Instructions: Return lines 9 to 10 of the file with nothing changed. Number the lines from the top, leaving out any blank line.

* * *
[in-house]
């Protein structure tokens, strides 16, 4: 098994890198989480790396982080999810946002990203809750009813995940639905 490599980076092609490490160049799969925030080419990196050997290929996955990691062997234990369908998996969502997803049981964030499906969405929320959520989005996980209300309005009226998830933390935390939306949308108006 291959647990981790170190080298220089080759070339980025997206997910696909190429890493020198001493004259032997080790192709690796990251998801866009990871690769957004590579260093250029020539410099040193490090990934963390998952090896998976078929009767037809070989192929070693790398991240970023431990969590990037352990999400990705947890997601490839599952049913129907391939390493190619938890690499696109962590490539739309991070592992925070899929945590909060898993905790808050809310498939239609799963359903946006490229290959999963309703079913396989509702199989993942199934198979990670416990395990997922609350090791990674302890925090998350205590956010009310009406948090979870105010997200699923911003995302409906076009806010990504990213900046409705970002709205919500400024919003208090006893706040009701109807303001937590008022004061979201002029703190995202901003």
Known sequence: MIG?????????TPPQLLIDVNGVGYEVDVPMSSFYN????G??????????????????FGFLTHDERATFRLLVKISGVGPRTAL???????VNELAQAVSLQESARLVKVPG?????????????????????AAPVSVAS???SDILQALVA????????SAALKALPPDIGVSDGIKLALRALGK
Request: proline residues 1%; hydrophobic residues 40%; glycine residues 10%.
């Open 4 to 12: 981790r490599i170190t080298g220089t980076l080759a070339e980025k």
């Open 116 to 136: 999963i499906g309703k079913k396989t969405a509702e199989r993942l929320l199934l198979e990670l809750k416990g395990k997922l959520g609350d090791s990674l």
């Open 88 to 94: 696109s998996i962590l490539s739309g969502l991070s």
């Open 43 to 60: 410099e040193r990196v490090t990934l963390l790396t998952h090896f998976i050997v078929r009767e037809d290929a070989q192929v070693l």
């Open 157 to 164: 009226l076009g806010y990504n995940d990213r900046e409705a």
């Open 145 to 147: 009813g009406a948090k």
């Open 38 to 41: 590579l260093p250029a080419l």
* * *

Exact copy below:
């Open 157 to 164: 009226l076009g806010y990504n995940d990213r900046e409705a």
């Open 145 to 147: 009813g009406a948090k």